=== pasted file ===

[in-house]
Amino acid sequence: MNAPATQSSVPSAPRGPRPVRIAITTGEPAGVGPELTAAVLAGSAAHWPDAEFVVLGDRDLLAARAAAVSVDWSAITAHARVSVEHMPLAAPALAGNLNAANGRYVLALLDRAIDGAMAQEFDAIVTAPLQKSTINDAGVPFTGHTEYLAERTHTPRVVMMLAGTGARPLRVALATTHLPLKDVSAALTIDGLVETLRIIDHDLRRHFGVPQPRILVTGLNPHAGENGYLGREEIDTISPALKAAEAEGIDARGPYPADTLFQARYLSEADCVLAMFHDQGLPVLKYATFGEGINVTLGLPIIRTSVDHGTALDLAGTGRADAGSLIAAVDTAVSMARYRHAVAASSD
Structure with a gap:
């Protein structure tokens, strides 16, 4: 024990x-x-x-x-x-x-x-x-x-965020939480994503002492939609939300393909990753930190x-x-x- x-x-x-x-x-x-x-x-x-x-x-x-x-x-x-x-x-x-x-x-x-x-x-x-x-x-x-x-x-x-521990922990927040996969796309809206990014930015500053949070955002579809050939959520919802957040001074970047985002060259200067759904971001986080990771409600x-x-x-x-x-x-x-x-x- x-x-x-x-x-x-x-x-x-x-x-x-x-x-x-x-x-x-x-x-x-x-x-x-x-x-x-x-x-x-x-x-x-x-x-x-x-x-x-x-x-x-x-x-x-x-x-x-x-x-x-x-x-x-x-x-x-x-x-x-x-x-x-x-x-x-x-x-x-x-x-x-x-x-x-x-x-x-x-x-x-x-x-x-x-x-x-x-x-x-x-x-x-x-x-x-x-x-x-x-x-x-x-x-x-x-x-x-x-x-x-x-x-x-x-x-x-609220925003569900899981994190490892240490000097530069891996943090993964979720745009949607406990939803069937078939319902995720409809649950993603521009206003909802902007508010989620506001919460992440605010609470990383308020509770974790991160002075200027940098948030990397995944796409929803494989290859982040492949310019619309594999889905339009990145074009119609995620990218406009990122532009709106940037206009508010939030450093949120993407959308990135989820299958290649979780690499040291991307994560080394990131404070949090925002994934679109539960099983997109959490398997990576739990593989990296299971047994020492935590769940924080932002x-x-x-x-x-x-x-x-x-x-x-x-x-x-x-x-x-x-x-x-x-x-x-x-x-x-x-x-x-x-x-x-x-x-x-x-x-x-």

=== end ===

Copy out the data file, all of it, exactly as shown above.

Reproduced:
[in-house]
Amino acid sequence: MNAPATQSSVPSAPRGPRPVRIAITTGEPAGVGPELTAAVLAGSAAHWPDAEFVVLGDRDLLAARAAAVSVDWSAITAHARVSVEHMPLAAPALAGNLNAANGRYVLALLDRAIDGAMAQEFDAIVTAPLQKSTINDAGVPFTGHTEYLAERTHTPRVVMMLAGTGARPLRVALATTHLPLKDVSAALTIDGLVETLRIIDHDLRRHFGVPQPRILVTGLNPHAGENGYLGREEIDTISPALKAAEAEGIDARGPYPADTLFQARYLSEADCVLAMFHDQGLPVLKYATFGEGINVTLGLPIIRTSVDHGTALDLAGTGRADAGSLIAAVDTAVSMARYRHAVAASSD
Structure with a gap:
């Protein structure tokens, strides 16, 4: 024990x-x-x-x-x-x-x-x-x-965020939480994503002492939609939300393909990753930190x-x-x- x-x-x-x-x-x-x-x-x-x-x-x-x-x-x-x-x-x-x-x-x-x-x-x-x-x-x-x-x-x-521990922990927040996969796309809206990014930015500053949070955002579809050939959520919802957040001074970047985002060259200067759904971001986080990771409600x-x-x-x-x-x-x-x-x- x-x-x-x-x-x-x-x-x-x-x-x-x-x-x-x-x-x-x-x-x-x-x-x-x-x-x-x-x-x-x-x-x-x-x-x-x-x-x-x-x-x-x-x-x-x-x-x-x-x-x-x-x-x-x-x-x-x-x-x-x-x-x-x-x-x-x-x-x-x-x-x-x-x-x-x-x-x-x-x-x-x-x-x-x-x-x-x-x-x-x-x-x-x-x-x-x-x-x-x-x-x-x-x-x-x-x-x-x-x-x-x-x-x-x-x-x-609220925003569900899981994190490892240490000097530069891996943090993964979720745009949607406990939803069937078939319902995720409809649950993603521009206003909802902007508010989620506001919460992440605010609470990383308020509770974790991160002075200027940098948030990397995944796409929803494989290859982040492949310019619309594999889905339009990145074009119609995620990218406009990122532009709106940037206009508010939030450093949120993407959308990135989820299958290649979780690499040291991307994560080394990131404070949090925002994934679109539960099983997109959490398997990576739990593989990296299971047994020492935590769940924080932002x-x-x-x-x-x-x-x-x-x-x-x-x-x-x-x-x-x-x-x-x-x-x-x-x-x-x-x-x-x-x-x-x-x-x-x-x-x-």